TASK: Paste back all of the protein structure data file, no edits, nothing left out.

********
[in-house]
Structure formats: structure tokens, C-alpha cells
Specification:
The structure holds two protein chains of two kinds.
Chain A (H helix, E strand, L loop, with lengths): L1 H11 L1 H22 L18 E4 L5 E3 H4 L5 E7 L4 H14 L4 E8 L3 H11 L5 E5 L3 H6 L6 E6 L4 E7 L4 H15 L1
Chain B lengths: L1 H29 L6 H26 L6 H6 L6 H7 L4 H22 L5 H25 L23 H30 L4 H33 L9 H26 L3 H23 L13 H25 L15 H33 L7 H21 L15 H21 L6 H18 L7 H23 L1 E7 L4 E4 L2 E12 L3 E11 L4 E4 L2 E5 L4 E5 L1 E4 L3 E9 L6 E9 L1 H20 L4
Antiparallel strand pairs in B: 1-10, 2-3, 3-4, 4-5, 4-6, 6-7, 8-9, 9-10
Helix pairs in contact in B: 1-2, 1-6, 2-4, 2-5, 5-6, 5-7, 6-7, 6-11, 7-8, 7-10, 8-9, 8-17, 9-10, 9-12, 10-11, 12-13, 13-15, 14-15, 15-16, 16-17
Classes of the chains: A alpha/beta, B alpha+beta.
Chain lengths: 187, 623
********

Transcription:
[in-house]
Structure formats: structure tokens, C-alpha cells
Specification:
The structure holds two protein chains of two kinds.
Chain A (H helix, E strand, L loop, with lengths): L1 H11 L1 H22 L18 E4 L5 E3 H4 L5 E7 L4 H14 L4 E8 L3 H11 L5 E5 L3 H6 L6 E6 L4 E7 L4 H15 L1
Chain B lengths: L1 H29 L6 H26 L6 H6 L6 H7 L4 H22 L5 H25 L23 H30 L4 H33 L9 H26 L3 H23 L13 H25 L15 H33 L7 H21 L15 H21 L6 H18 L7 H23 L1 E7 L4 E4 L2 E12 L3 E11 L4 E4 L2 E5 L4 E5 L1 E4 L3 E9 L6 E9 L1 H20 L4
Antiparallel strand pairs in B: 1-10, 2-3, 3-4, 4-5, 4-6, 6-7, 8-9, 9-10
Helix pairs in contact in B: 1-2, 1-6, 2-4, 2-5, 5-6, 5-7, 6-7, 6-11, 7-8, 7-10, 8-9, 8-17, 9-10, 9-12, 10-11, 12-13, 13-15, 14-15, 15-16, 16-17
Classes of the chains: A alpha/beta, B alpha+beta.
Chain lengths: 187, 623